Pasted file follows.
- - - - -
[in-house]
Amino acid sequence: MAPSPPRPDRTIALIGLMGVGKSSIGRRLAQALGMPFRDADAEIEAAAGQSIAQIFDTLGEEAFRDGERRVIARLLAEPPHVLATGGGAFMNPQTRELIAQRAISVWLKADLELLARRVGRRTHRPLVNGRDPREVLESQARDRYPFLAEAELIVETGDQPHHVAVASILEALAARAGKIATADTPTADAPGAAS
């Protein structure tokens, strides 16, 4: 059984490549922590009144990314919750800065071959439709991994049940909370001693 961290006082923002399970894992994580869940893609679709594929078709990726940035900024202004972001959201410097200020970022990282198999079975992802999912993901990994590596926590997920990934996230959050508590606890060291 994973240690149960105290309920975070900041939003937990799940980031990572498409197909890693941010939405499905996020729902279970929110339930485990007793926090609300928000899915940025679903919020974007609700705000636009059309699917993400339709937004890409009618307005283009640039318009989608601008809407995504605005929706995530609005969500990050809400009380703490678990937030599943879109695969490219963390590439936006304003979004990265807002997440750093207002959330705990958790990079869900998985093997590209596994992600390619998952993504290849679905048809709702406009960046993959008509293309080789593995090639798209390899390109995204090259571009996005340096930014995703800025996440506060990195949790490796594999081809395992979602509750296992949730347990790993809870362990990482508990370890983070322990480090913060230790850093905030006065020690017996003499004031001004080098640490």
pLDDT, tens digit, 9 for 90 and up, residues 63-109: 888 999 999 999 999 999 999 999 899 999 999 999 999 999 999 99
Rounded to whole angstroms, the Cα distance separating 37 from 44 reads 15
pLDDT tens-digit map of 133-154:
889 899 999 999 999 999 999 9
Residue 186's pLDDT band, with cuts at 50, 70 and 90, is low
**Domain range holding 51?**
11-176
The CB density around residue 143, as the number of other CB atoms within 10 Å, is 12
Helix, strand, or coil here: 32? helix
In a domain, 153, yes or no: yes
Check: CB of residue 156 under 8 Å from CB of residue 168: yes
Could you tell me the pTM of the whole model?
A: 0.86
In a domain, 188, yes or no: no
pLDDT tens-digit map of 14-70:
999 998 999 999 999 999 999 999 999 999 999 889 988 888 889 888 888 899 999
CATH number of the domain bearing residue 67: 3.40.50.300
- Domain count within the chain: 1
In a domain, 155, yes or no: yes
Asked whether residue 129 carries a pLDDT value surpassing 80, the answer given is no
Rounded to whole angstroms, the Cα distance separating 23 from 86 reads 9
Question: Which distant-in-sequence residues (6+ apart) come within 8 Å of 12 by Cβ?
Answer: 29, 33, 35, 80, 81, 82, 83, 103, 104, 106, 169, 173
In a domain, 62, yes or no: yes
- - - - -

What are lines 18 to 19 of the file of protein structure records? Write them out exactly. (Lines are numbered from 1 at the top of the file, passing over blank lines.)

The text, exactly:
pLDDT tens-digit map of 14-70:
999 998 999 999 999 999 999 999 999 999 999 889 988 888 889 888 888 899 999